Cameron and Tyler Winklevoss are likely to submit a revised plan for their proposed bitcoin exchange-traded fund (ETF) to the US Securities and Exchange Commission (SEC) within the next two weeks, the brothers’ lawyer Kathleen H. Moriarty told Bloomberg on 30th January.
The ETF has been styled as a way for the Winklevoss to convince more mainstream investors to enter the bitcoin market, without directly exposing their money to the sometimes volatile currency.
“The Shares are designed for investors seeking a cost-effective and convenient means to gain exposure to Bitcoins with minimal credit risk,” the original S-1 filing states.
Moriarty is realistic about the proposal given the current regulatory challenges, even with the planned revisions. She told Bloomberg that she believes it is progressing nicely and could be approved by the end of 2014.
Notably, the comments corroborate an earlier January report by Seeking Alpha that suggested that the SEC had “been receptive” to the ETF and that its prospects “looked good”.
Winklevoss Bitcoin Trust
Despite the legal challenges the Winklevosses face, SecondMarket has already succeeded at launching a bitcoin ETF known as the Bitcoin Investment Trust. One notable difference between the two funds, is that SecondMarket’s offering is only open to high-income, institutional investors.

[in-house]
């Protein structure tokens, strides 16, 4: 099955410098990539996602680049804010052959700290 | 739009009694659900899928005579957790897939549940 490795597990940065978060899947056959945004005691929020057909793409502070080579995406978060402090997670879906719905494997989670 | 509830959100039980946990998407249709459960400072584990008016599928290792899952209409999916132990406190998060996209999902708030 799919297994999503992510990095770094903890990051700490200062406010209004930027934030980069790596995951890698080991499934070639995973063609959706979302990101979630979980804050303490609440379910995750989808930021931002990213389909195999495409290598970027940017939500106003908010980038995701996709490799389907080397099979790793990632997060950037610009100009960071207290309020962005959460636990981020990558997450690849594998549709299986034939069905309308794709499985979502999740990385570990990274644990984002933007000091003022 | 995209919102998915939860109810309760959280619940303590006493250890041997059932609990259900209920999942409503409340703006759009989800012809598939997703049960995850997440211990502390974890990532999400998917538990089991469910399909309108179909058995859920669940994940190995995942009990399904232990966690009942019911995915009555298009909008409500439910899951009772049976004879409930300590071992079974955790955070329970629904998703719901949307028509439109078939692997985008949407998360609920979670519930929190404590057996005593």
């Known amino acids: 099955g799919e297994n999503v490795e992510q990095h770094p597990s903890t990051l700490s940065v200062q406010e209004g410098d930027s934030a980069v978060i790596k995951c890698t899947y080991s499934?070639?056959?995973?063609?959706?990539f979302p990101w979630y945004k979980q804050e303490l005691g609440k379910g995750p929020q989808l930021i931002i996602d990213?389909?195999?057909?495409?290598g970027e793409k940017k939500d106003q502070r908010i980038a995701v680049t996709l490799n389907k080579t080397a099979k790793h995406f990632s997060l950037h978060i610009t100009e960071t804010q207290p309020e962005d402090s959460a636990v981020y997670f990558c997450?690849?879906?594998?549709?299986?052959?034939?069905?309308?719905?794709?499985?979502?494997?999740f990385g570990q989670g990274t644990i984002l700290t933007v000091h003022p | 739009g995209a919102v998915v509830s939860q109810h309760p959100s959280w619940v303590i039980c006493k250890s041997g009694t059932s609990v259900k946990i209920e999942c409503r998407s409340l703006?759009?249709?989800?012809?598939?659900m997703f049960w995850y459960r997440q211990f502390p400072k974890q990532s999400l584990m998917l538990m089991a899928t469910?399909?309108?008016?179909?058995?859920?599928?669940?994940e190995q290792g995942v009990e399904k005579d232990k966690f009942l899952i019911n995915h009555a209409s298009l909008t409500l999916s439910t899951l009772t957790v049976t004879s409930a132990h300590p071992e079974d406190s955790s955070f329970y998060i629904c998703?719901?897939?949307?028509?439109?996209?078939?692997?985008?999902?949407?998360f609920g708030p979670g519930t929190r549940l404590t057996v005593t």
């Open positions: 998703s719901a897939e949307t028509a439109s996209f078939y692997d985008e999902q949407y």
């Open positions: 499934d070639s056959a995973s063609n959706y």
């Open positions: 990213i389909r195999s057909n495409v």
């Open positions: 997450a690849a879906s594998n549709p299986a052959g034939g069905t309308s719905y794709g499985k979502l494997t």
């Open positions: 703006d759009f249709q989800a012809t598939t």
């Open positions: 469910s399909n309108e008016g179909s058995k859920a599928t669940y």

The original proposal for the Winklevoss ETF called for it to be traded publicly and open to general investors. Subsequent reports suggested that SecondMarket was able to bypass many regulatory hurdles by pursuing this demographic, and that even ETFs that deal in established commodities can face difficulties making it to a wider market.
Further, SecondMarket, in public comments, seemed to back this belief:
“From a risk-profile vantage point bitcoin is very risky and we think it’s not appropriate for retail investors,” Mark Murphy, a spokesman for SecondMarket, told Quartz in September.
Winklevosses wary of regulation
The news comes two days after the Winklevoss brothers were part of the most anticipated panel of this week’s New York Department of Financial Services (NYDFS) hearings.
At the event, Cameron Winklevoss appealed to regulators for a “middle ground”, but cautioned that too much regulation would inhibit investors from entering the virtual currency space.
However, this viewpoint might not best serve the Winklevoss and their ETF.
The lack of regulation or guidance on virtual currencies could be a contributing factor to the SEC’s reluctance to approve it.
Image credit: Pete Rizzo
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